Cooperation Works! and Others (1996)

    This document has been made available in electronic format
         by the International Co-operative Alliance ICA 
                         December, 1996
          (Source: Review of International Co-operation
                    Vol.89, No.4/1996, pp.59-65)

                           BOOK REVIEWS

Co-operation Works! 

by E. G. Nadeau and David J. Thompson, Co-operative Development
Services, Madison, WI, (608-258 4396) price $16.96

At last! A practical, easy-to-read book which explores the huge
potential of co-operatives in the '90s.

For years, researchers, undergraduates, instructors, public
policy analysts and co-op leaders have decried the lack of text
and quality analysis on co-operatives. Co-operation Works! will
help fill that void.

This is the book which many who share an expansive vision of what
co-operatives can be have been waiting for. By examining examples
of co-operatives in 50 real-life situations - ranging from
Bookpeople, an employee owned book publishing and distributing
organization which grew out of the California counter-culture of
the '60s to the Southern Minnesota Beet Sugar Cooperative, a
value-added farmer co-operative - authors E.G. Nadeau and David
Thompson cast a spotlight on one of the most quiet, current
success stories in the American economy. 

In so doing, they may have made a significant contribution to
expanding the awareness of the versatility and value of co-
operatives in meeting modern day economic, social and community

Those who work in co-operatives have long known about their
effectiveness in meeting people's real needs. What has often
perplexed and frustrated many co-operators is why co-operative
successes aren't more widely known and utilized. The questions
are familiar:

Why don't American farmer schools teach courses in the
cooperative business form? Why don't state and federal
governments utilize the local ownership and proven democratic
control that co-operatives provide to address needs in housing,
child care and welfare?

Why aren't labour unions and consumer groups championing worker
and consumer co-operatives as practical ways to empower American
workers and combat ever increasing concentrations of corporate

Why don't Main Street small businesses take a page out of the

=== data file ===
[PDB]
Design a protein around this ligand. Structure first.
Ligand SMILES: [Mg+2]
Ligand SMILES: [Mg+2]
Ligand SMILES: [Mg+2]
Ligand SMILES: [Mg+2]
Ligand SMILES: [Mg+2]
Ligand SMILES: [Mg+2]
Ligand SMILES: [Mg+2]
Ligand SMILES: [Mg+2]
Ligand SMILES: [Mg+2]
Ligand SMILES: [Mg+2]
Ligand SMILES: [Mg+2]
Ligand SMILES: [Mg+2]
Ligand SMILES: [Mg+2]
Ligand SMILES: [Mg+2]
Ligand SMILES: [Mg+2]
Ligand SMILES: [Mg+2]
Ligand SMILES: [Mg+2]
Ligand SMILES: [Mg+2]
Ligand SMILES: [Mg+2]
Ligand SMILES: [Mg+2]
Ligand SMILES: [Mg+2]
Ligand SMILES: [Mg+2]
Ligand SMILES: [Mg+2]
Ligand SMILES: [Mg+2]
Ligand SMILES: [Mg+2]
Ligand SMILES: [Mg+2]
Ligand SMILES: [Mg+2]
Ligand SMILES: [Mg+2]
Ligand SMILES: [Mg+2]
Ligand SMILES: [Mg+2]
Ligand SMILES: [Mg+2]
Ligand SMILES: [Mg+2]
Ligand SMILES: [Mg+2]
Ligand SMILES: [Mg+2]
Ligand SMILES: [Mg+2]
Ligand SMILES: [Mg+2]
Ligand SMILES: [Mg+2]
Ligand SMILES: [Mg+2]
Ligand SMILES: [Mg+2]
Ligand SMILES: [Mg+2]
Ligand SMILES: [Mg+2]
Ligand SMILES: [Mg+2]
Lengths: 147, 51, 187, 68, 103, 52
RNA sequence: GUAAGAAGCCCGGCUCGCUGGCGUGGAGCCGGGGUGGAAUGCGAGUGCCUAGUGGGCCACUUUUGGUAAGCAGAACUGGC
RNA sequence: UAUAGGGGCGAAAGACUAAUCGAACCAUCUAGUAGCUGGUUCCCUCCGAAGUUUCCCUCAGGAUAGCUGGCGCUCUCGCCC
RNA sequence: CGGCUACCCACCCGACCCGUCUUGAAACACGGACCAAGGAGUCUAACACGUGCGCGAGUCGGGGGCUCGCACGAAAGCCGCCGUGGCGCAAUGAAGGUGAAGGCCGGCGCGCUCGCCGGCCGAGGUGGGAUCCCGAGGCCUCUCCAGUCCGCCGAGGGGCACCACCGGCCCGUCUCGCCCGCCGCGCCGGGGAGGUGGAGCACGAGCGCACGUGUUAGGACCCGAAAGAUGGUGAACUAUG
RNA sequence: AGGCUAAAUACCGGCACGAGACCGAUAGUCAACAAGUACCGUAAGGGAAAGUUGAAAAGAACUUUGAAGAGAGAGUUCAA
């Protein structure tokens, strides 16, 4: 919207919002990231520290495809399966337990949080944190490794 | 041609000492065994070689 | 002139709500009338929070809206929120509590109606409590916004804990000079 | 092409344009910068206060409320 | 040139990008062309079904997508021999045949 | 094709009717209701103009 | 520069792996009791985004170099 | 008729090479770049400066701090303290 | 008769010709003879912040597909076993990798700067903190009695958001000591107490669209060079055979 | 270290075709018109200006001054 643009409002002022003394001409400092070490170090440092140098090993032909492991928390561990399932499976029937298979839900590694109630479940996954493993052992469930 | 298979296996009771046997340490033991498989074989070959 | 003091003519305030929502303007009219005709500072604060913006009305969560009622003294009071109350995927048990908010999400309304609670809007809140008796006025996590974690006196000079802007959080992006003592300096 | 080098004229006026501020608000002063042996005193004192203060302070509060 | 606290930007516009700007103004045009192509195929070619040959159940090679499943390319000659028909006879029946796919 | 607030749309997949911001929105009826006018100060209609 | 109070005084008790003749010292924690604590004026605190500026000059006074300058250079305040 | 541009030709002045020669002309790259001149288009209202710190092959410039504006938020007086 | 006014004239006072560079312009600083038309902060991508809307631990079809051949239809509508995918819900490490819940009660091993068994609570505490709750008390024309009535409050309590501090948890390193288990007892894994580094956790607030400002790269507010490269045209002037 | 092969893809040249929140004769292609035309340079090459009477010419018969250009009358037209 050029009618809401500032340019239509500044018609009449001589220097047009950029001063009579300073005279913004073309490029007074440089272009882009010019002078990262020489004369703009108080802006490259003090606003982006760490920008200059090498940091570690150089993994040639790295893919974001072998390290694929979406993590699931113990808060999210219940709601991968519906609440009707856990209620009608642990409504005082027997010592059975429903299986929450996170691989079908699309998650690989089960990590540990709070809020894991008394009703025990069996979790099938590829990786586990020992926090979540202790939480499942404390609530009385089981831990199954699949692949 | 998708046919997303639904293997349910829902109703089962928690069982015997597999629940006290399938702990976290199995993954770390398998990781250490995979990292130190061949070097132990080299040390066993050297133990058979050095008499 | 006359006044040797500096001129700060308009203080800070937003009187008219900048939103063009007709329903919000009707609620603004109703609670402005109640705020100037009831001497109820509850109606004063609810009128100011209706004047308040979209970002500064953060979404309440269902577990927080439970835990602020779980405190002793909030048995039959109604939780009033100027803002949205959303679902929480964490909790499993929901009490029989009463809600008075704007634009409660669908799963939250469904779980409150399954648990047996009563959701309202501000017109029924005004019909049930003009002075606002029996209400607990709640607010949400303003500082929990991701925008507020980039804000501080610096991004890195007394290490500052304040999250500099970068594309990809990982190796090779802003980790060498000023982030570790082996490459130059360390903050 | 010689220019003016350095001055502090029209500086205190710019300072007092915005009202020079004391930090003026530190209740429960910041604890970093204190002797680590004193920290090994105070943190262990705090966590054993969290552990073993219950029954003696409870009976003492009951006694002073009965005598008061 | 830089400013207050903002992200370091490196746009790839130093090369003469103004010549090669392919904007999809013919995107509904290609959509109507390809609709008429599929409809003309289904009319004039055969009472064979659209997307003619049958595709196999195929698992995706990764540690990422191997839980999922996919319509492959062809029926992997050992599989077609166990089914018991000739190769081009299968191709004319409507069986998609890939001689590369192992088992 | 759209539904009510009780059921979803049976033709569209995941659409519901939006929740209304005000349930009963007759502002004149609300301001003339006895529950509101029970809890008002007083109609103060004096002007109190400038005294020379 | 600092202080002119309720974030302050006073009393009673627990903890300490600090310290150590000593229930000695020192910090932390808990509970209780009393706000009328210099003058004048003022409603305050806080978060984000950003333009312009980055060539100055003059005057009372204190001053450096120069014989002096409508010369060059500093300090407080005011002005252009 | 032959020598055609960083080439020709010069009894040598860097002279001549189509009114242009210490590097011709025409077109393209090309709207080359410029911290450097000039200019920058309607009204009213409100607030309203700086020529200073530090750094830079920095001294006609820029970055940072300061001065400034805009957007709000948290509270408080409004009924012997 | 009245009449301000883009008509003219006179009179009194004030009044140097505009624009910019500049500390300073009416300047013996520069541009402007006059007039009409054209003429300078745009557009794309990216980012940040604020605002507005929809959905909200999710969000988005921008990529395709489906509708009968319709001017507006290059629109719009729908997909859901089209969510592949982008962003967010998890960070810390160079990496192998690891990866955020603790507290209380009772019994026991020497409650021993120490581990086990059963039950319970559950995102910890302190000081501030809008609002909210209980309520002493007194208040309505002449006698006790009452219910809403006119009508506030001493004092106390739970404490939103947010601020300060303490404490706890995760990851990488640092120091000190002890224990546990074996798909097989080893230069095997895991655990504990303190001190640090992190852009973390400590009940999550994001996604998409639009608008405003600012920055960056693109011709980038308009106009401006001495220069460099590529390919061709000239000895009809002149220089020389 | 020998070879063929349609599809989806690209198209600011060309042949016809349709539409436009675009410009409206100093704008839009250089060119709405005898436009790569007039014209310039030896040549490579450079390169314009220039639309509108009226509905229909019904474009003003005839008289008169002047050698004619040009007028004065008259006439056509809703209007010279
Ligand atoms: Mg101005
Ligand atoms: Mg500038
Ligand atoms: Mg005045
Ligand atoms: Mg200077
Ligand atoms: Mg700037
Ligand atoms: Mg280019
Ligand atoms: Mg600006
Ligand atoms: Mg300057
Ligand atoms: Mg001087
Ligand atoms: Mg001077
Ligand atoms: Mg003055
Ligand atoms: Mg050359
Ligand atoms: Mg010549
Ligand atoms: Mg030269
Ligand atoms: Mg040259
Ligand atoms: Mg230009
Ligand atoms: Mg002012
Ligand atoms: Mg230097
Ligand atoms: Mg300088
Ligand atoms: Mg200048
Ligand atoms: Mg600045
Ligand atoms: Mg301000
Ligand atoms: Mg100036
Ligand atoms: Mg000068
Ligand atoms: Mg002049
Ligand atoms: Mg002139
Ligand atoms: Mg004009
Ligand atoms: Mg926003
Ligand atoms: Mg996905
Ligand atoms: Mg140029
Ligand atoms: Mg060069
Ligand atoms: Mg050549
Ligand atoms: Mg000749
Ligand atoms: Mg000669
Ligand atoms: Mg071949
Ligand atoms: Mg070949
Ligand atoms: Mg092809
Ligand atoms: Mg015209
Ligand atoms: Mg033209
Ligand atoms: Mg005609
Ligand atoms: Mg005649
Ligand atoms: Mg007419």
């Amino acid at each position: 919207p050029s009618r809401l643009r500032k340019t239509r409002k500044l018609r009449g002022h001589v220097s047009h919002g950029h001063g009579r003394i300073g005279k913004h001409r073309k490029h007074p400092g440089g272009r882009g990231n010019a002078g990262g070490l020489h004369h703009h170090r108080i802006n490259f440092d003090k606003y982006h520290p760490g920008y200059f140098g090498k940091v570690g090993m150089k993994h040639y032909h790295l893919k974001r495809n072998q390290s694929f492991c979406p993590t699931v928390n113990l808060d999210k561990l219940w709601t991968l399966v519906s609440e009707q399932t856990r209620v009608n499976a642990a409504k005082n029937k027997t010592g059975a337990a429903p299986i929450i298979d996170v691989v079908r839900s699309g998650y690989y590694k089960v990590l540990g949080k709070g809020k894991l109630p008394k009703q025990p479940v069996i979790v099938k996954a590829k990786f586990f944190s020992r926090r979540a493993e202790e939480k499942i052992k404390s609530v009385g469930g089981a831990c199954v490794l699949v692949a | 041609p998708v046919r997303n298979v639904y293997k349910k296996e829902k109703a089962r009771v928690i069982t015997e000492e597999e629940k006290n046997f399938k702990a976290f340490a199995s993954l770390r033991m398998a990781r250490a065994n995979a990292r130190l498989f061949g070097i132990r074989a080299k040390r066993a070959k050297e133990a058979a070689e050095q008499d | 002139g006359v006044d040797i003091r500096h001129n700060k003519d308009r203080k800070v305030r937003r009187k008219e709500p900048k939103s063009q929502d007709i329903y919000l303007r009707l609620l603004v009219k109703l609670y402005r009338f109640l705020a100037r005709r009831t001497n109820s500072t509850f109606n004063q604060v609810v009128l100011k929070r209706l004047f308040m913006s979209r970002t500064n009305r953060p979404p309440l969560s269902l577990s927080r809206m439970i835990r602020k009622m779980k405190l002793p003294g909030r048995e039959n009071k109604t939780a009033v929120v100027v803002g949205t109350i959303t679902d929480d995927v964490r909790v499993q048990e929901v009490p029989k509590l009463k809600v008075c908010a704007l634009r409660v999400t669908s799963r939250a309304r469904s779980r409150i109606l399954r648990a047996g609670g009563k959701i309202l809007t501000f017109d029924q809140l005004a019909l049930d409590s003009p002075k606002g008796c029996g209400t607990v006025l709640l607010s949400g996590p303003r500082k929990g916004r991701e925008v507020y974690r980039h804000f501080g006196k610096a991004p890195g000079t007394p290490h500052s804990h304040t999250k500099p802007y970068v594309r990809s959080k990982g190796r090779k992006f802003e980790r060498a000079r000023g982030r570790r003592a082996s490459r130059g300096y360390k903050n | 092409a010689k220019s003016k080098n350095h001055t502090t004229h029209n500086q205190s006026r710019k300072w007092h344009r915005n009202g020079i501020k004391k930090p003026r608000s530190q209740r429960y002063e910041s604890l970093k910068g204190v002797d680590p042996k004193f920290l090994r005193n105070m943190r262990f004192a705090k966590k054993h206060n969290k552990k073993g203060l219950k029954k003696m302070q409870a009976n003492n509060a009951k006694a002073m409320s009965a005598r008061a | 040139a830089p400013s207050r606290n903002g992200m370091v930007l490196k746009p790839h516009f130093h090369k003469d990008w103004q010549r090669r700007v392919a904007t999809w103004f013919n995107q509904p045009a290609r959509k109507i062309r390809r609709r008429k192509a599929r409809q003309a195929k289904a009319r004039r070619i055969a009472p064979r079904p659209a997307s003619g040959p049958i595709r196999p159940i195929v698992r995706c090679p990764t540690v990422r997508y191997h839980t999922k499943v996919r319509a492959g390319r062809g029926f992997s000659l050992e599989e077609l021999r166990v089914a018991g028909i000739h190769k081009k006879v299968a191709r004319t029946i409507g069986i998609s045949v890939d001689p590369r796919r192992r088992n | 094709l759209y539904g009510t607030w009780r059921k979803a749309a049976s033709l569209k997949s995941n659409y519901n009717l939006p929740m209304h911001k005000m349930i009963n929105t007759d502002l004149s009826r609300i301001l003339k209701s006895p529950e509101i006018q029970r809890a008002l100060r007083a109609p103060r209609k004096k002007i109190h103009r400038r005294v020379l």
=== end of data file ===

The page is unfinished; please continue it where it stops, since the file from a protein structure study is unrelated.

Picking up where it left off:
farmer co-ops book and utilize co-op models to expand their
buying and marketing power?

And, in a time of huge government deficits and budget cuts, why
don't more governmental units work together in co-ops to utilize
proven ways to reduce costs and improve coordination? Co-
operation Works! doesn't pretend that co-ops have the answer to
every societal problem. And, because of the broad-ranging scope
of this work, covering over 50 different co-operative examples,
the reader is often left wishing for more in-depth analysis. 

Yet few who read this fine new work will be disappointed. Even
the most experienced co-operator will find his/her co-operative
knowledge and understanding expanded.

For this reason, and because of its eminent readability, I would
urge co-operatives and co-op associations of all kinds to
strongly consider making Co-operation Works! a standard part of
their director and employee training and orientation programs.
How many times have you heard (or said) Our people just don't
understand the cooperative model. I wish I could open their eyes
to what co-operative really means. Because Co-operation Works!
uses great real-life examples and the words and voices of actual
people rather than the dry techno-speak and graphs of the
economist, employers, directors, students and elected officials
can readily relate to and appreciate its message. 

If this work gathers the interest and attention it deserves, it
may have a lasting impact. Co-operatives may no longer be such
a kept secret!

- Rod Nilsestuen

Report on  the Regional Seminar on Housing Co-ops, 
Kuala Lumpur, Malaysia, March 25-29, 1996

ICA ROAP, New Delhi, 1996, 213 pp, tabs.

The report gives a good overview of the status, prospects and
problems of housing co-operatives in Asia and Pacific region and
indicates the need and strategy for future development of co-
operative housing. The first part of the report provides the
recommendations and seminar proceedings. 

The second part covers background papers from India, Indonesia,
Myanmar, Pakistan, Philippines and Sri Lanka. 

The third part finally presents profiles of organisations
attending the seminar and gives the full list of participants.

- Alina Pawlowska

International Co-operative and Mutual Insurance 
Federation Member Directory - 1996

ICMIF, Altrinham, 1996, 394pp.

For the second consecutive year the ICMIF has published its
membership directory. ICMIF full members now represent over 150